SEATTLE — The Atlanta Dream aren’t making it easy on the Seattle Storm.
The KeyArena crowd isn’t making in easy on the Dream.
The Storm moved one win away from a championship, outlasting the Dream 87-84 to take a 2-0 lead in the best-of-five WNBA Finals.
“I thought it was another very, very competitive game,” Storm head coach Brian Agler said.
With the win, the Storm improved their record to 21-0 at KeyArena including the regular season and the playoffs. They did it before a crowd of 13,898.
If the Storm have their way, the next time they return to Seattle it won’t be to play a deciding Game 5 for the championship, but rather for a parade to celebrate their second title in franchise history.
Game 3 is at 5 p.m. Thursday in Atlanta.
If the Storm can end the series on Thursday, they will complete an undefeated postseason (7-0) and end the season on a 10-game winning streak.
In Game 1, the issue was in doubt until the final buzzer sounded. It looked like Game 2 would have a different story line when Swin Cash connected from 3-point range with 2:11 remaining, boosting Seattle’s lead to 81-73.
However, the Dream wouldn’t go quietly and the game came down to the final seconds once again.
“We never die. We never stop. We always play to the end of the game,” Atlanta coach Marynell Meadors said.
Forward Angel McCoughtry cut the Storm lead to 85-82 when she knocked down a 3-pointer with 16.5 seconds to play. Atlanta fouled Seattle guard Tanisha Wright with 9.2 seconds remaining in the game to stop the clock. Wright hit both free throws to give the Storm an 87-82 lead.
Atlanta guard Kelly Miller stuck a baseline 3-pointer with 3.0 seconds to go to seemingly cut the Storm lead to 87-85. But the officials reviewed the basket and decided Miller’s foot was on the line — making it a 2-pointer, not a 3-pointer, and making the score 87-84 in favor of the Storm.
After a timeout, the Storm inbounded the ball to Swin Cash, who was immediately fouled by Miller. All Cash had to do was make one free throw preserve a Storm win.
She missed both.
However, with no timeouts, the Dream couldn’t stop the clock and their desperate attempt to get up a game-tying 3-point attempt never materialized.
League MVP Lauren Jackson led the Storm with 26 points, but she had to do it in a very different way than she did it in Game 1. The Dream were much more physical with Jackson, sending her to the line 17 times, 10 more than her seven trips on Sunday.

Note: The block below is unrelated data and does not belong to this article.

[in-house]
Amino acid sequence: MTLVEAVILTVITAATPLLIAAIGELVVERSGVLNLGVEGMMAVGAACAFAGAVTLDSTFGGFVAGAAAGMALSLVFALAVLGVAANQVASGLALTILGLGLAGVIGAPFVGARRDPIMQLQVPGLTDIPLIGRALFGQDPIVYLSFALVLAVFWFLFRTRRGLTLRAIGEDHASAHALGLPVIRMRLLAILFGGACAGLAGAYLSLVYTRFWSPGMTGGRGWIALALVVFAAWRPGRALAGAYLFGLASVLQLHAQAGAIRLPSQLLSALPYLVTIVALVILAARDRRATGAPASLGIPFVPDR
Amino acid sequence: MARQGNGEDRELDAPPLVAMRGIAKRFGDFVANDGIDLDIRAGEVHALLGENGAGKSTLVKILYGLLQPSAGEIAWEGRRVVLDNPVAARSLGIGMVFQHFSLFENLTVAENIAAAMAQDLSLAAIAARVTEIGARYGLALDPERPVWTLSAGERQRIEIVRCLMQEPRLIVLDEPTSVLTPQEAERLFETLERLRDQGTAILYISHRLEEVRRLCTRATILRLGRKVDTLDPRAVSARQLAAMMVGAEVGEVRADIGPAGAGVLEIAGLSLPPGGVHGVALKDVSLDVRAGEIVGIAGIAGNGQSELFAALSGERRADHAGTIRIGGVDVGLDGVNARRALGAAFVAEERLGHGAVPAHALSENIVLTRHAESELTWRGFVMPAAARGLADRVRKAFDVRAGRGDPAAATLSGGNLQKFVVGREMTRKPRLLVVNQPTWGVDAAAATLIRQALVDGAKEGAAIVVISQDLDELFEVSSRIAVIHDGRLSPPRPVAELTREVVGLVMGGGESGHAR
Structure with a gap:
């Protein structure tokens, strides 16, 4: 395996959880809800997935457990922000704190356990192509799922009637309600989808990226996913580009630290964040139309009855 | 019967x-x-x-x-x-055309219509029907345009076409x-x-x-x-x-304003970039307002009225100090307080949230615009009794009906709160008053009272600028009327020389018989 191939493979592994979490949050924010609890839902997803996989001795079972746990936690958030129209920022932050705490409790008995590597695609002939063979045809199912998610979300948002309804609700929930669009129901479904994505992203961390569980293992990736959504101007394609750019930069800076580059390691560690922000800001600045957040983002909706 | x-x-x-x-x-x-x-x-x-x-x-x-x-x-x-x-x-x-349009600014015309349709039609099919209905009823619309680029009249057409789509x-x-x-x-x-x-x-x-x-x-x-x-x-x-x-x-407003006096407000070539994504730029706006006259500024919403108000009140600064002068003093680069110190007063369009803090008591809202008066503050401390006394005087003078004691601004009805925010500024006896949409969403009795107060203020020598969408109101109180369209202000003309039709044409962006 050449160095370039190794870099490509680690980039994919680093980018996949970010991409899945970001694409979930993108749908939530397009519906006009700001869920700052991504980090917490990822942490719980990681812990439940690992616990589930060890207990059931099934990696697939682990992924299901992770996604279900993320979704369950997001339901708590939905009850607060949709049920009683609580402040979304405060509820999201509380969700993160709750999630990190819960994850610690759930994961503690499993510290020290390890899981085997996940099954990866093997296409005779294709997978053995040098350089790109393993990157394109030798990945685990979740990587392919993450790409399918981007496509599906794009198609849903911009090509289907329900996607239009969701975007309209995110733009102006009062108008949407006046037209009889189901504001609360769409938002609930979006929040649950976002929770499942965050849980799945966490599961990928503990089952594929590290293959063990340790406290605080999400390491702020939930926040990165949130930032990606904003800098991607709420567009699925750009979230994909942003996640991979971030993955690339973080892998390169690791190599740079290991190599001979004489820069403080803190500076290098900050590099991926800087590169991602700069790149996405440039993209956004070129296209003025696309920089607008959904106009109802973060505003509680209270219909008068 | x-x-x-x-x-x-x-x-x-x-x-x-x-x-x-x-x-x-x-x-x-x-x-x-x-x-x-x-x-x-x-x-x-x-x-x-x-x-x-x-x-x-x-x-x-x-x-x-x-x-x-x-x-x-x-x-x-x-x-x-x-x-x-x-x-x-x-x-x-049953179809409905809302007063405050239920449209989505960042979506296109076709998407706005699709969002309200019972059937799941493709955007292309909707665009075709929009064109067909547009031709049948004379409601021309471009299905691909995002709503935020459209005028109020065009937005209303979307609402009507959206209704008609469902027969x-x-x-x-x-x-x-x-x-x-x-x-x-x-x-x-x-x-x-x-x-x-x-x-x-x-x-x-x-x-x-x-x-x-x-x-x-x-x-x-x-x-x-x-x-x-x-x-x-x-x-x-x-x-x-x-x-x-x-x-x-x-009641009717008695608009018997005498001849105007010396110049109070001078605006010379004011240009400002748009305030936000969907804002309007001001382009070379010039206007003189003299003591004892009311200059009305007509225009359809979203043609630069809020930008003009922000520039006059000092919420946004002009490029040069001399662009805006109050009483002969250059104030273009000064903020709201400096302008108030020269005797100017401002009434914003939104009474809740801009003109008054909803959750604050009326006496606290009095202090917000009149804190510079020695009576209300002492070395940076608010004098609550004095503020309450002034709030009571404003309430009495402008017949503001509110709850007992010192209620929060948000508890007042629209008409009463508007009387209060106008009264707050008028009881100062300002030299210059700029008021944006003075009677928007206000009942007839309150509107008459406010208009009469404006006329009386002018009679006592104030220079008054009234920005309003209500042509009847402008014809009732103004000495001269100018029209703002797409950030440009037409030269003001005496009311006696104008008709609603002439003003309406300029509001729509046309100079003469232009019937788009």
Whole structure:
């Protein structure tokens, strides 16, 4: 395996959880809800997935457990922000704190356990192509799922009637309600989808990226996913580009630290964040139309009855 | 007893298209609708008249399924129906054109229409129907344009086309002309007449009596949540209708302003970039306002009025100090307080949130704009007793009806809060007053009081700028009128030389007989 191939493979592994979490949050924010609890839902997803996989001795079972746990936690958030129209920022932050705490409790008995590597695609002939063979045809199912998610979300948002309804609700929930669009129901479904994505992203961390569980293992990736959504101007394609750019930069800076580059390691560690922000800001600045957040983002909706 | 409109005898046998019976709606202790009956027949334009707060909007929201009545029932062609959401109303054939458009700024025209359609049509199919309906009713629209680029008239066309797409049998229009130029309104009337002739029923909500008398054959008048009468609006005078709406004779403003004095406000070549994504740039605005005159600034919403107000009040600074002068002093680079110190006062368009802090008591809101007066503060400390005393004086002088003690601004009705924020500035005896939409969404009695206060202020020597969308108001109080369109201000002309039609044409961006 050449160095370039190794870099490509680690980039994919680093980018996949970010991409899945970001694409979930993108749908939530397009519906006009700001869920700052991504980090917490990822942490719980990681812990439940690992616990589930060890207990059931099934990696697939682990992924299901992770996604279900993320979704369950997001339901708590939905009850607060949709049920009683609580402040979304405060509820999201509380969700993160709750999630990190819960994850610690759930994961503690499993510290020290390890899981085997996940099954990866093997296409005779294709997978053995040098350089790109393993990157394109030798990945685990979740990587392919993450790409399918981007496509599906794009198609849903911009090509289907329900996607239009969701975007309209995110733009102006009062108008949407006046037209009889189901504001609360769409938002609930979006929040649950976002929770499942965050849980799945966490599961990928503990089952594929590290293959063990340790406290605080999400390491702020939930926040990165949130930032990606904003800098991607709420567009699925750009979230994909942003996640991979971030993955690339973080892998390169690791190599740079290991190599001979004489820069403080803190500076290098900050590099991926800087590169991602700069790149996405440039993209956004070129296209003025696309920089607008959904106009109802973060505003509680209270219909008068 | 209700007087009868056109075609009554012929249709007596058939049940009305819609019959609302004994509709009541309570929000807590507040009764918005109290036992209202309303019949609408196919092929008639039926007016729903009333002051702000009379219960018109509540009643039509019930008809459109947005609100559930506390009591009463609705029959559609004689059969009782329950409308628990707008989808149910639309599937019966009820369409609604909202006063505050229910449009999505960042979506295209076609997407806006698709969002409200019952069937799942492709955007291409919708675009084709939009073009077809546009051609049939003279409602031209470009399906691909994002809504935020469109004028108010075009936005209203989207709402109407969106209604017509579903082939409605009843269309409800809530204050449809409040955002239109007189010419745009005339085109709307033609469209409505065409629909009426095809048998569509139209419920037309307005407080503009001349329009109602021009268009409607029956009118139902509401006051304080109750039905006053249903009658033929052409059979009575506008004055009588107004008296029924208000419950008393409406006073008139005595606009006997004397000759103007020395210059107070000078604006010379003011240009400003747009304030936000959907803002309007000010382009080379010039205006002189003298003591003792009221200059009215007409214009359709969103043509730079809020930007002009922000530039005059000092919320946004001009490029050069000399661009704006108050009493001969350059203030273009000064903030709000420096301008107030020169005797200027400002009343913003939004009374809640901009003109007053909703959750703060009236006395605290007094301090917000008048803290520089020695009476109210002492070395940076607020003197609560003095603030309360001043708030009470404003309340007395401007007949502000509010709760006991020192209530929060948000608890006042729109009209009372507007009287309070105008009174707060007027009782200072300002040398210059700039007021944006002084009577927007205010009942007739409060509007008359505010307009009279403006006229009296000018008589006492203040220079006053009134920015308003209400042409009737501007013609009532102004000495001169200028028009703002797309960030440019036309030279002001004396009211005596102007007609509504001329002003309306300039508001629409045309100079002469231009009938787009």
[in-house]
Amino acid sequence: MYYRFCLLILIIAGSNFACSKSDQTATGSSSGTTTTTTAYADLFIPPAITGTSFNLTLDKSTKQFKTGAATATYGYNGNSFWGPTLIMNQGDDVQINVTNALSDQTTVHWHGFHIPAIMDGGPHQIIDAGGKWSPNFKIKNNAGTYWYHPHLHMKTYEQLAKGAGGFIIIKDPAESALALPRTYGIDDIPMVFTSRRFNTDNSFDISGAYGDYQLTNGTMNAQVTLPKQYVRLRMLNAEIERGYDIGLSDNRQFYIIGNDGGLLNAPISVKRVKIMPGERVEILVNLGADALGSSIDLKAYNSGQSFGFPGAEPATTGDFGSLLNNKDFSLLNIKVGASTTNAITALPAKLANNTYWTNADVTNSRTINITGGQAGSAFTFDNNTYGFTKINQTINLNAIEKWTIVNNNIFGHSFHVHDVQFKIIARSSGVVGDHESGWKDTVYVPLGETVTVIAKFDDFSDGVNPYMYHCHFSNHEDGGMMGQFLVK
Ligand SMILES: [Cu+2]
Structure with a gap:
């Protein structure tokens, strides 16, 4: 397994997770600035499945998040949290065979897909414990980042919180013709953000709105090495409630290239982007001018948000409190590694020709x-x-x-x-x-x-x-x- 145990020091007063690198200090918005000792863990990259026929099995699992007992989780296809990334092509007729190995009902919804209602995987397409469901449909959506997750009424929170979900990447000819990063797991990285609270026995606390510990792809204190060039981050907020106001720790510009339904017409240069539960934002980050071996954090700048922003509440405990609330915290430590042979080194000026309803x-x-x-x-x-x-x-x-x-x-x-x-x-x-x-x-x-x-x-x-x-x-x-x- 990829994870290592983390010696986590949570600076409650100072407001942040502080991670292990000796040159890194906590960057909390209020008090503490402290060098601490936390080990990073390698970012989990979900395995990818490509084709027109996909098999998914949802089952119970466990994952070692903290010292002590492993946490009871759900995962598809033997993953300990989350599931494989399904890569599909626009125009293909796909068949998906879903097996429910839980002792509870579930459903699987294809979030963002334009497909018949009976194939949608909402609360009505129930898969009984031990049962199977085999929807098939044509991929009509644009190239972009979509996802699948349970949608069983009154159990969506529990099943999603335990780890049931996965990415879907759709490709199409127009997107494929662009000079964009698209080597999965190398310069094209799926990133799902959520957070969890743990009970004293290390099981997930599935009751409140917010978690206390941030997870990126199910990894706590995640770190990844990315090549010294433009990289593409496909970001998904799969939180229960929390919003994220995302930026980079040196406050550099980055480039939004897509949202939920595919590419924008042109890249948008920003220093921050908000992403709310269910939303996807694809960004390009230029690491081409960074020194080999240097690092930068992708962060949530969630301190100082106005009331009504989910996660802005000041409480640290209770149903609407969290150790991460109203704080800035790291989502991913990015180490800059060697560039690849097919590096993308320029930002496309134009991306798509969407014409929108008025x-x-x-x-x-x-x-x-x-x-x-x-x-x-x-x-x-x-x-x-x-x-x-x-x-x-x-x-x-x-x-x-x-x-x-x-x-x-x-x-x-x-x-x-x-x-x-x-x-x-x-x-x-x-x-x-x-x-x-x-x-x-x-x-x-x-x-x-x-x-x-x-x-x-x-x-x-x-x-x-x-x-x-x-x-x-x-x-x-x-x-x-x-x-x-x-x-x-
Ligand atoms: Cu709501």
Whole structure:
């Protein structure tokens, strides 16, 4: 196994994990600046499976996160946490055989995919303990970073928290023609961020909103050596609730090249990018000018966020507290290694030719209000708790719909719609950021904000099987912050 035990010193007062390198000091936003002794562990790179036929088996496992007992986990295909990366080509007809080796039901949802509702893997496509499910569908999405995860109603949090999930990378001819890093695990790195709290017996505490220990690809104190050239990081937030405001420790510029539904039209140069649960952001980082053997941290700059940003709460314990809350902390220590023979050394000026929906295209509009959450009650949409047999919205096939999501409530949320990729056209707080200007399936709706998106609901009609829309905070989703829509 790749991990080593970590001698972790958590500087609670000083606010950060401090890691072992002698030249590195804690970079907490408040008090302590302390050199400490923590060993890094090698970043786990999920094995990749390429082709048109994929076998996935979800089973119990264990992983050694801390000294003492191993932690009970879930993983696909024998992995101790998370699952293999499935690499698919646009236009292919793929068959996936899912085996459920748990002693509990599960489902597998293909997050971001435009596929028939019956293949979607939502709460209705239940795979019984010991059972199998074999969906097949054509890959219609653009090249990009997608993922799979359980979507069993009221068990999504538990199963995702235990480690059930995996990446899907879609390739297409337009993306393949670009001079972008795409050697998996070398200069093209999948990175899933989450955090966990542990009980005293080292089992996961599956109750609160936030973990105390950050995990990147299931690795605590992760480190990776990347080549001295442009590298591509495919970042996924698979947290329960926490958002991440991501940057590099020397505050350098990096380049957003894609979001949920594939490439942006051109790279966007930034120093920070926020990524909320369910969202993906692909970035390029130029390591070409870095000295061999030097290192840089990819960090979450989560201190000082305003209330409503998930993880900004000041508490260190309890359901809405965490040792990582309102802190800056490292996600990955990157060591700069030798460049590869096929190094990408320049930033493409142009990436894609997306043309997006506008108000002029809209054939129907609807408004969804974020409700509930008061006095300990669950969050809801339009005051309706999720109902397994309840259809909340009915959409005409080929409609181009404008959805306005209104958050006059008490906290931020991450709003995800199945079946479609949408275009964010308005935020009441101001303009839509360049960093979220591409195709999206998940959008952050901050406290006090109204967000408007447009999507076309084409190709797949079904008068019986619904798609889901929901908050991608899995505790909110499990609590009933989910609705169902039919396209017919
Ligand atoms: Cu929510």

“It was definitely physical; there was a lot of contact,” Jackson said.
Jackson shot 13-for-17 from the free throw line and 6-for-12 from the floor. She also grabbed seven rebounds and made three steals.
Not only were the Dream more physical with Jackson, but they also took away another of her most potent weapons — her 3-point shot. Jackson made just one of five shots from 3-point range in the game. She shot 4-for-8 in Game 1.
“I think they made sure I didn’t get looks outside, generally speaking,” Jackson said. “That’s okay though, everyone played well tonight for us. I think we can get better definitely, but, you know I think they were more focused on stopping me from shooting outside.”
The Dream jumped out to an early first quarter lead, taking a 7-2 lead. The Storm promptly called a time out to regroup and quickly went on a 6-0 run to move in front.
Much of the game went that way and neither team led by more than eight points. Perhaps one reason for the inability for either team to pull away was the number of whistles blown. The Storm shot 37 free throws and the Dream shot 23 — for a total of 60. The two teams combined to shoot 25 in Game 1.
“I thought there was way too many fouls called in this one,” Meadors said.
But both teams fought through all the calls and the game remained close throughout. The Dream held a four-point advantage after one quarter. The Storm had a two-point lead at halftime and a four-point lead after three quarters.
“I think another great game, both teams played really hard,” Meadors said. “We lost by two and we lost by three — that’s pretty good championship basketball.”
The Storm are one game away from the championship, but heading to Atlanta for the next two games could make things hard on the Storm. To get the job done, the Storm need to cut down on the mental mistakes.
“For us to win this series, we are going to have to cut our turnovers down,” Agler said.
The Storm nearly had all of their starters finish in double-figures scoring. Cash had 19, Wright had 17 and Bird had 10. Only Camille Little didn’t break out of single digits, finishing with nine.
McCoughtry and Iziane Castro Marques paced the Dream with 21 points a piece.